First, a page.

Family of SeaWorld Trainer Killed by Orca Speaks Out for First Time

Dawn Brancheau, a SeaWorld trainer killed in an accident with a killer whale at SeaWorld Orlando, in Florida in 2010. Photograph By Julie Fletcher, Orlando Sentinel via Getty Images

After months of silence, the family of Dawn Brancheau—the trainer killed by the orca Tilikum during a show at SeaWorld Orlando in 2010—has released a statement about the documentary Blackfish.

Since the film’s debut in 2013, family members say they have continually been asked how they felt about the movie. Although the family appreciates the focus Blackfish has brought to bear on the treatment of animals, they go on to distance themselves from the film. (See “Opinion: SeaWorld vs. the Whale That Killed Its Trainer.”)

“First and foremost, we are not affiliated with this movie in any way,” the statement begins. “We did not assist with its creation and were unaware of its content until the film was shown at the Sundance Film Festival.”

“The film has brought a great deal of attention to the welfare of animals, and for that we are grateful,” the family says in the release. “However, Blackfish is not Dawn’s story. Dawn Brancheau believed in the ethical treatment of animals.”

The statement goes on to note that Brancheau “thrived on introducing the whales to the audience and educating them about the animals in her care.” Brancheau would not have remained at SeaWorld for 15 years if she felt the killer whales were not well cared for, the statement adds.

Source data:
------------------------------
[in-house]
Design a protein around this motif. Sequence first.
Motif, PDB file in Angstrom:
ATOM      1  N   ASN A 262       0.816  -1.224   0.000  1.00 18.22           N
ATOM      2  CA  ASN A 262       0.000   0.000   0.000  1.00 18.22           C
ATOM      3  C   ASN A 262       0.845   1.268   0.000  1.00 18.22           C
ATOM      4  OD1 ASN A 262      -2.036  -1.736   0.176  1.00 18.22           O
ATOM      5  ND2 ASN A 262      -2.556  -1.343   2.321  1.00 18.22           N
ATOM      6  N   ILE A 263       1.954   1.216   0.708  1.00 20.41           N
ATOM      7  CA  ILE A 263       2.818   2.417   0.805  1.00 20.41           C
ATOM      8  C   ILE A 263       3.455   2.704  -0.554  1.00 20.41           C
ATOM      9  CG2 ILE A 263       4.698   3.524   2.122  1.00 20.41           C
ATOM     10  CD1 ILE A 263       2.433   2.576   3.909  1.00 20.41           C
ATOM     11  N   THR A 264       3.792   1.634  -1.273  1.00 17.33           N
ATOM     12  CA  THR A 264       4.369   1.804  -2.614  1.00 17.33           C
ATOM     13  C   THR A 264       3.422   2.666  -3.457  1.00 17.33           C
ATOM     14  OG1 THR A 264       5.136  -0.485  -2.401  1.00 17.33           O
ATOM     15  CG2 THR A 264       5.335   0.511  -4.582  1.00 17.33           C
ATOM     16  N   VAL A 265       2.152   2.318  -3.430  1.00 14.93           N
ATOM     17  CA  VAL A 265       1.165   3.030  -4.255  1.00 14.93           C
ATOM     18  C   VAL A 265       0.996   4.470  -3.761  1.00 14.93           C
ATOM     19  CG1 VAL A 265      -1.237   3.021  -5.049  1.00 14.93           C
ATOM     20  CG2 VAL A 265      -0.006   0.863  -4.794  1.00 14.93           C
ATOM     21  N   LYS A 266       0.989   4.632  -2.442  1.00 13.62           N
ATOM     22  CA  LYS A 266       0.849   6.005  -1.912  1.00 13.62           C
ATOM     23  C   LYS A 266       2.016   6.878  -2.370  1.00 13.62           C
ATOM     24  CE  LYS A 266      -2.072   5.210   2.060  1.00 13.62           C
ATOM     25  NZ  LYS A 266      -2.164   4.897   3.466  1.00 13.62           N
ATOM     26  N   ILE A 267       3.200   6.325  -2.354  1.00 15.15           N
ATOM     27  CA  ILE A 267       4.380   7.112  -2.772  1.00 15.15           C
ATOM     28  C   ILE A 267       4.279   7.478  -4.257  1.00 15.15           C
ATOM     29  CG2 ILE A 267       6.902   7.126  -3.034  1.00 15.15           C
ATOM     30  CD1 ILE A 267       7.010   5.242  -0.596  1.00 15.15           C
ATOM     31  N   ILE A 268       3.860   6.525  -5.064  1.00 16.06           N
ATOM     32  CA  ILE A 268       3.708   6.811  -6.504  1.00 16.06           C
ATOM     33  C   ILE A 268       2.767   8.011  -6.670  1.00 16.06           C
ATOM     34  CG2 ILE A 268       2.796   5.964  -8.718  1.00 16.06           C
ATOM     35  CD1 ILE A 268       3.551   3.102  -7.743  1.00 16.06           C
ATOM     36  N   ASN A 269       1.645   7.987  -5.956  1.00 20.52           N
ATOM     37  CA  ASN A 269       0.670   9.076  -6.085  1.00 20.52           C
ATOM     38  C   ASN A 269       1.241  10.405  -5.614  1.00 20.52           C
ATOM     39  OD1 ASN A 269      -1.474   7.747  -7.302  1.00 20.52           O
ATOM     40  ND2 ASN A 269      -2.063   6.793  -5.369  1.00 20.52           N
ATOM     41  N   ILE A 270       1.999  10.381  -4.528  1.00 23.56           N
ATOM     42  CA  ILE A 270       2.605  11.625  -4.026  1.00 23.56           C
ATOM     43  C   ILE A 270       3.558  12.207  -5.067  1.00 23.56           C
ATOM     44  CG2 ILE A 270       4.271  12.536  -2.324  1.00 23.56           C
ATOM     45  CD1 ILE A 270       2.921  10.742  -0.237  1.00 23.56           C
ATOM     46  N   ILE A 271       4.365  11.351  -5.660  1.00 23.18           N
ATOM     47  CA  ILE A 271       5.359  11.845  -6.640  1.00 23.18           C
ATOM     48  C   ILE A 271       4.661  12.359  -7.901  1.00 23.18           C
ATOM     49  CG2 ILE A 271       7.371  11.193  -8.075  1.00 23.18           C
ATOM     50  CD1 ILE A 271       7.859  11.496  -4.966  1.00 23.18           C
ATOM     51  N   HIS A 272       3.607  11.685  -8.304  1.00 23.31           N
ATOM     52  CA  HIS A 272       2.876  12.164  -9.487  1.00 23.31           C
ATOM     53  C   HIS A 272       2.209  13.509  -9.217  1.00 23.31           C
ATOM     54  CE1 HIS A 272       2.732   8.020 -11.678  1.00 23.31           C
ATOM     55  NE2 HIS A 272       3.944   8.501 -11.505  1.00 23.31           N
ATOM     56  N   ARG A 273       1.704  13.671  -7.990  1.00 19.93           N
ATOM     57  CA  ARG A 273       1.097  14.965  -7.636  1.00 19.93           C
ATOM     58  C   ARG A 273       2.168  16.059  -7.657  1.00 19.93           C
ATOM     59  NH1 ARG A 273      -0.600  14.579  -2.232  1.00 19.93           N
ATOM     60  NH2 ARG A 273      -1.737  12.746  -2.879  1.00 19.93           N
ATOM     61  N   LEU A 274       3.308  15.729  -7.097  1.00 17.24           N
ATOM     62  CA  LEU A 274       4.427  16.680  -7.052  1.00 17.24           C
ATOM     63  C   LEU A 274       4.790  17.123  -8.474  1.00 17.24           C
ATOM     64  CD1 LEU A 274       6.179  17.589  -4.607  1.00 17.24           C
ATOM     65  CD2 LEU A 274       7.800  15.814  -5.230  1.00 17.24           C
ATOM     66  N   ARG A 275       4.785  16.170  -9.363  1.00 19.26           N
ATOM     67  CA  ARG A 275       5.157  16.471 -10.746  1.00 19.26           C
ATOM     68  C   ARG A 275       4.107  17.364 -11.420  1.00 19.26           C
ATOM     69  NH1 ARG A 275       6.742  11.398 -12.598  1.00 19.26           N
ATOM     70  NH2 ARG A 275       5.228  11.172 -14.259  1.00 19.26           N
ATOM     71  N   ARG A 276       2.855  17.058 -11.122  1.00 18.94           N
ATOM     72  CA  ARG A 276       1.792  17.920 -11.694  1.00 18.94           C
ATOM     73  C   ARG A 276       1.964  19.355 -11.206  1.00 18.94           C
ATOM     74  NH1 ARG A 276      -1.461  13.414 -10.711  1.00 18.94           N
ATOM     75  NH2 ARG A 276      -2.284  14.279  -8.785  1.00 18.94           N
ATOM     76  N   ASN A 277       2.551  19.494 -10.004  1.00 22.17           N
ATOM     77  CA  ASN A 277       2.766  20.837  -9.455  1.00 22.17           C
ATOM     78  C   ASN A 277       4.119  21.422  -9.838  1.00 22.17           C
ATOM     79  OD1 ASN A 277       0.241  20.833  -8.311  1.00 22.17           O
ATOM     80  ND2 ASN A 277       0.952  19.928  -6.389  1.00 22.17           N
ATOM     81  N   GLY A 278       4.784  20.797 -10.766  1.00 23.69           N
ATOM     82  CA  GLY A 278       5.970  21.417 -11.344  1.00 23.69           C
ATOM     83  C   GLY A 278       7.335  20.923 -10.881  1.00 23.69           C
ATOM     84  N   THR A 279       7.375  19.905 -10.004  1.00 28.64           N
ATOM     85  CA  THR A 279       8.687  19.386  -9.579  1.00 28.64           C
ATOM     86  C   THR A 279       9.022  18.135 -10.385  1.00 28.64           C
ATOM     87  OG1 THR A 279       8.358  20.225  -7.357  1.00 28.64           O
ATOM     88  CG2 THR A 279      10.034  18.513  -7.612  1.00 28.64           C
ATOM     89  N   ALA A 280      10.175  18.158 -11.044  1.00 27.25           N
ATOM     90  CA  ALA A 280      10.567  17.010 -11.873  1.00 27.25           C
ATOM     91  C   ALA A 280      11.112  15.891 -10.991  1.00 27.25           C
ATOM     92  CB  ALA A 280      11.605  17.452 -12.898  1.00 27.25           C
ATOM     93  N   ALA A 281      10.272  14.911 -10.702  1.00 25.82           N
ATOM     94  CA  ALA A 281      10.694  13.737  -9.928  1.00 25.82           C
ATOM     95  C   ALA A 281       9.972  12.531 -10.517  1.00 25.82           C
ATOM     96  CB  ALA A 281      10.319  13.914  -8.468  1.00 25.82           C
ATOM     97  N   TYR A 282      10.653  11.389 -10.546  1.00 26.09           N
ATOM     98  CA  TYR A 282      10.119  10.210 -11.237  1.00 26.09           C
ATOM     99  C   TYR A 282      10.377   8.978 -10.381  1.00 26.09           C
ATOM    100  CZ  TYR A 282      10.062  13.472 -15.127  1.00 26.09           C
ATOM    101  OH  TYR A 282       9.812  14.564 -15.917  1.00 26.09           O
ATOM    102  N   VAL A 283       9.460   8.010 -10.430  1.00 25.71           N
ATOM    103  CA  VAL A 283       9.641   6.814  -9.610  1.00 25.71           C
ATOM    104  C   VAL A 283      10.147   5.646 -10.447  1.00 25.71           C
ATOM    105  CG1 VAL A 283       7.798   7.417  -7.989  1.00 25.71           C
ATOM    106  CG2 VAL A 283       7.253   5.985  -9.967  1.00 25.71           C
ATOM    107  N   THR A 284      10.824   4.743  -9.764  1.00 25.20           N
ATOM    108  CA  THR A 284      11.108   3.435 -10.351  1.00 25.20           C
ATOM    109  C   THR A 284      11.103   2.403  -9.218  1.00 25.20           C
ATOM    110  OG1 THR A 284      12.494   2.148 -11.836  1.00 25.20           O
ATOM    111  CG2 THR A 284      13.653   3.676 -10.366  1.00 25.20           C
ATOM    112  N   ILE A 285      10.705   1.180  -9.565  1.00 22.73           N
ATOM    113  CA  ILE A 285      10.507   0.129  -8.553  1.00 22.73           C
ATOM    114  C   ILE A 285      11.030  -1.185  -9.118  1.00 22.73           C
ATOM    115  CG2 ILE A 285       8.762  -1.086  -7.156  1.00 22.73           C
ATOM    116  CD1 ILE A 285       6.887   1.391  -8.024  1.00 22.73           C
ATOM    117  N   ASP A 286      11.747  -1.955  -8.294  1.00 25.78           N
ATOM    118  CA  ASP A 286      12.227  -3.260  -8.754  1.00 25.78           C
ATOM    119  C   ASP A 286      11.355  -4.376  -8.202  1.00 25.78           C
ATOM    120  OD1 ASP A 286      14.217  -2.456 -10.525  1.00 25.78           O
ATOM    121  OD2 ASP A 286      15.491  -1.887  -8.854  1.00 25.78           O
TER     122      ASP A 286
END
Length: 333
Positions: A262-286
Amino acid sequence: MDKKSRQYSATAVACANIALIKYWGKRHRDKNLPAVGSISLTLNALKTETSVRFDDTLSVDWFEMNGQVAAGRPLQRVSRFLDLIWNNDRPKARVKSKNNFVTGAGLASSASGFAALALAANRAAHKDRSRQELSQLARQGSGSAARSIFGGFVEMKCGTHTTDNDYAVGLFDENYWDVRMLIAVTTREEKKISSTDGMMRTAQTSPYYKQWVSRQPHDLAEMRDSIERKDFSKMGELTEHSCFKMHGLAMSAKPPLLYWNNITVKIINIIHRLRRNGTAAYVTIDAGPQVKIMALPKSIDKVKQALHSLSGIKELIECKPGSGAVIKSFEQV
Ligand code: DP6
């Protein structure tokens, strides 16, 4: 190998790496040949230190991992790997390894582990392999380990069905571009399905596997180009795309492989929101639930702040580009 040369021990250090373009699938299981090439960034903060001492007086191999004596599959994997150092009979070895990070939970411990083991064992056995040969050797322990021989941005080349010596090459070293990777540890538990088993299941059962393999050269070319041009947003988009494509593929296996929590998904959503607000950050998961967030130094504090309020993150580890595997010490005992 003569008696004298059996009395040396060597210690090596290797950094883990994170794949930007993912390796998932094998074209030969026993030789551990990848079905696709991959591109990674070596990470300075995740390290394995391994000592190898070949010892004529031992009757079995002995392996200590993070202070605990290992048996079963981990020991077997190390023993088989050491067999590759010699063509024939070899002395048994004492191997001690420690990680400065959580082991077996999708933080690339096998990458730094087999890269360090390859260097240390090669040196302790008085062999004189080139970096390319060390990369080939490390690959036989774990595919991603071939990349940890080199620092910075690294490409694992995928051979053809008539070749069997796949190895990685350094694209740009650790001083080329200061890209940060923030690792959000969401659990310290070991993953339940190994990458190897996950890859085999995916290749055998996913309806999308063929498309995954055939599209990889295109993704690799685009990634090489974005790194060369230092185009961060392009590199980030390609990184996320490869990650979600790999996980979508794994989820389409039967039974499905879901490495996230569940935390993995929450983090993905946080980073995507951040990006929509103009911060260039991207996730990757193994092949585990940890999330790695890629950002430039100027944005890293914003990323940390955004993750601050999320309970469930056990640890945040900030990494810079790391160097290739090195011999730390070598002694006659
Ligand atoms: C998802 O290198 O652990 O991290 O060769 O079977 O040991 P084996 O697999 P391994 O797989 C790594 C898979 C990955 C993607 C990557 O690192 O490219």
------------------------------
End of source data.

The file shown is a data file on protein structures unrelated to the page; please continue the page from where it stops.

In an interview with the Chicago Tribune on January 21, filmmaker Gabriela Cowperthwaite stated that she was initially trying to make a movie about the relationship between humans and animals that focused on the bond between Brancheau and the killer whales at SeaWorld.

“That was not the film I made because as I did my research, I found out so much about SeaWorld, and it became a controversial movie,” Cowperthwaite said in the interview. “But ultimately, I think the trainers and the animals are safer as a result of this film. I can only hope [Brancheau] would be happy about that.”

A Human Life

Since the film’s release last year, controversy has swirled around its portrayal of how SeaWorld treats its captive killer whales.

The company has mounted a campaign to combat the less-than-flattering image presented in Blackfish, but states that revenues remain unharmed by the bad publicity. (See also “First Person: How Far Will the Blackfish Effect Go?”)

In fact, according to reports, SeaWorld stands to post record earnings for 2013, with an estimated $1.46 billion in revenue.

Bridgette Pirtle, one of the former SeaWorld trainers involved with Blackfish, has since condemned the movie for its portrayal of Brancheau, although Pirtle believes that killer whales should no longer be kept for entertainment purposes.

For now, it seems that Brancheau’s family has had its say. The family members note that this is the only statement they will be making, and ask that their privacy be respected.

“Since Dawn’s death nearly four years ago, the media has focused mainly on the whales. A human life was lost that day and it feels as though some believe her death was only a footnote,” the statement says. “Dawn’s death is central to our story.”

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Jane J. Lee is a news writer and editor at National Geographic.